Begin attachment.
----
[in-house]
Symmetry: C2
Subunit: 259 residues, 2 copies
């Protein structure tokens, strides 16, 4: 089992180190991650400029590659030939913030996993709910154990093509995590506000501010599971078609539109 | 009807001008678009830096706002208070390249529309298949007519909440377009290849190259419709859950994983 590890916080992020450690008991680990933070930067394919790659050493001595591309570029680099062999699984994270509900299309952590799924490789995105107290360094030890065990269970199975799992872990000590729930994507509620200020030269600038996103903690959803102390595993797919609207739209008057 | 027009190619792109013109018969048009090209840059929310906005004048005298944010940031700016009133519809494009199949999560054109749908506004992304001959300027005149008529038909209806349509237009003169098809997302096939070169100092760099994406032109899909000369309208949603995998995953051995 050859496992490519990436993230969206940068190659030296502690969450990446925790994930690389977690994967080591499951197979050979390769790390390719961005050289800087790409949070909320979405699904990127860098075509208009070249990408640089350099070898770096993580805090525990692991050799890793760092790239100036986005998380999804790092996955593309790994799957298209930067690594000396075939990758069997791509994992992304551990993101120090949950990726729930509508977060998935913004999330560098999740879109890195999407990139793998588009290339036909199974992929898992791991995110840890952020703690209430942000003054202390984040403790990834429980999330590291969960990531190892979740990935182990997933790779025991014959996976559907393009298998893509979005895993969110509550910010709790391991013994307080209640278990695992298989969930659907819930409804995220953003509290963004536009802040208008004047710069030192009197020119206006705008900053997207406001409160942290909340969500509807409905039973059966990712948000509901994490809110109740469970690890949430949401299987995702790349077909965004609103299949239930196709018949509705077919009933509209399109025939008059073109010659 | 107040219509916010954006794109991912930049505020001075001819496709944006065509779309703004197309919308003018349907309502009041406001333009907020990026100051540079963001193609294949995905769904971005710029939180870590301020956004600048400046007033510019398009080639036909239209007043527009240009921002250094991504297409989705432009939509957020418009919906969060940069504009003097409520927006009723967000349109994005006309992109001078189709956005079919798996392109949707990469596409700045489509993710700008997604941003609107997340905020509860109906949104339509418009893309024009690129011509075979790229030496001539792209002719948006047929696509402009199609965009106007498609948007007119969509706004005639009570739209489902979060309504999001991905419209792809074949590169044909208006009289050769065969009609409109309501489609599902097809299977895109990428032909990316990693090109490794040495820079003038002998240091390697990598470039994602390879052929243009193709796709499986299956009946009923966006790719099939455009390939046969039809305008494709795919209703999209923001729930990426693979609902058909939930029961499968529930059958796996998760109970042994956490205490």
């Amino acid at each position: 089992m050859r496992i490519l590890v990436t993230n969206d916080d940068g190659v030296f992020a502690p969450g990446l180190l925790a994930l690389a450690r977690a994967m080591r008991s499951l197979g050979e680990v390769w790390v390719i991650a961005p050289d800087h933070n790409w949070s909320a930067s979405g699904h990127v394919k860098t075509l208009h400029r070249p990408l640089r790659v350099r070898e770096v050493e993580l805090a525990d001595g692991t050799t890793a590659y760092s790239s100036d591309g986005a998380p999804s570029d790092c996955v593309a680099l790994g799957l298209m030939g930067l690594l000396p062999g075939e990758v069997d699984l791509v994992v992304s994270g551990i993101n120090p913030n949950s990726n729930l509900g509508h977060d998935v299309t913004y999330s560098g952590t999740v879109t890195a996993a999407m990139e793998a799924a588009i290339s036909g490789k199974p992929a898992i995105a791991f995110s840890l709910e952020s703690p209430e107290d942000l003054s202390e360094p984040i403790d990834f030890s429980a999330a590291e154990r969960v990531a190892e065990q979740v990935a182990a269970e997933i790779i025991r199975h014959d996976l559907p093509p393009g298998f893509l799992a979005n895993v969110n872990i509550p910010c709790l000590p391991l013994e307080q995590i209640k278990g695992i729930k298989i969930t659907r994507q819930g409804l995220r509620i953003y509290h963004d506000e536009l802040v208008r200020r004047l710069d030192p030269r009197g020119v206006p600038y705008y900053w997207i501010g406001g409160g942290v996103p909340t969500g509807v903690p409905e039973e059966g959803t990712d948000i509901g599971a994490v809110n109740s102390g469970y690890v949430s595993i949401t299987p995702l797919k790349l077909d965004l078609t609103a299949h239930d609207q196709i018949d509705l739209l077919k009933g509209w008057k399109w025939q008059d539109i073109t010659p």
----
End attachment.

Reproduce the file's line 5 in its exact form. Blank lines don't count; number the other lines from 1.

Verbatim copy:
């Amino acid at each position: 089992m050859r496992i490519l590890v990436t993230n969206d916080d940068g190659v030296f992020a502690p969450g990446l180190l925790a994930l690389a450690r977690a994967m080591r008991s499951l197979g050979e680990v390769w790390v390719i991650a961005p050289d800087h933070n790409w949070s909320a930067s979405g699904h990127v394919k860098t075509l208009h400029r070249p990408l640089r790659v350099r070898e770096v050493e993580l805090a525990d001595g692991t050799t890793a590659y760092s790239s100036d591309g986005a998380p999804s570029d790092c996955v593309a680099l790994g799957l298209m030939g930067l690594l000396p062999g075939e990758v069997d699984l791509v994992v992304s994270g551990i993101n120090p913030n949950s990726n729930l509900g509508h977060d998935v299309t913004y999330s560098g952590t999740v879109t890195a996993a999407m990139e793998a799924a588009i290339s036909g490789k199974p992929a898992i995105a791991f995110s840890l709910e952020s703690p209430e107290d942000l003054s202390e360094p984040i403790d990834f030890s429980a999330a590291e154990r969960v990531a190892e065990q979740v990935a182990a269970e997933i790779i025991r199975h014959d996976l559907p093509p393009g298998f893509l799992a979005n895993v969110n872990i509550p910010c709790l000590p391991l013994e307080q995590i209640k278990g695992i729930k298989i969930t659907r994507q819930g409804l995220r509620i953003y509290h963004d506000e536009l802040v208008r200020r004047l710069d030192p030269r009197g020119v206006p600038y705008y900053w997207i501010g406001g409160g942290v996103p909340t969500g509807v903690p409905e039973e059966g959803t990712d948000i509901g599971a994490v809110n109740s102390g469970y690890v949430s595993i949401t299987p995702l797919k790349l077909d965004l078609t609103a299949h239930d609207q196709i018949d509705l739209l077919k009933g509209w008057k399109w025939q008059d539109i073109t010659p």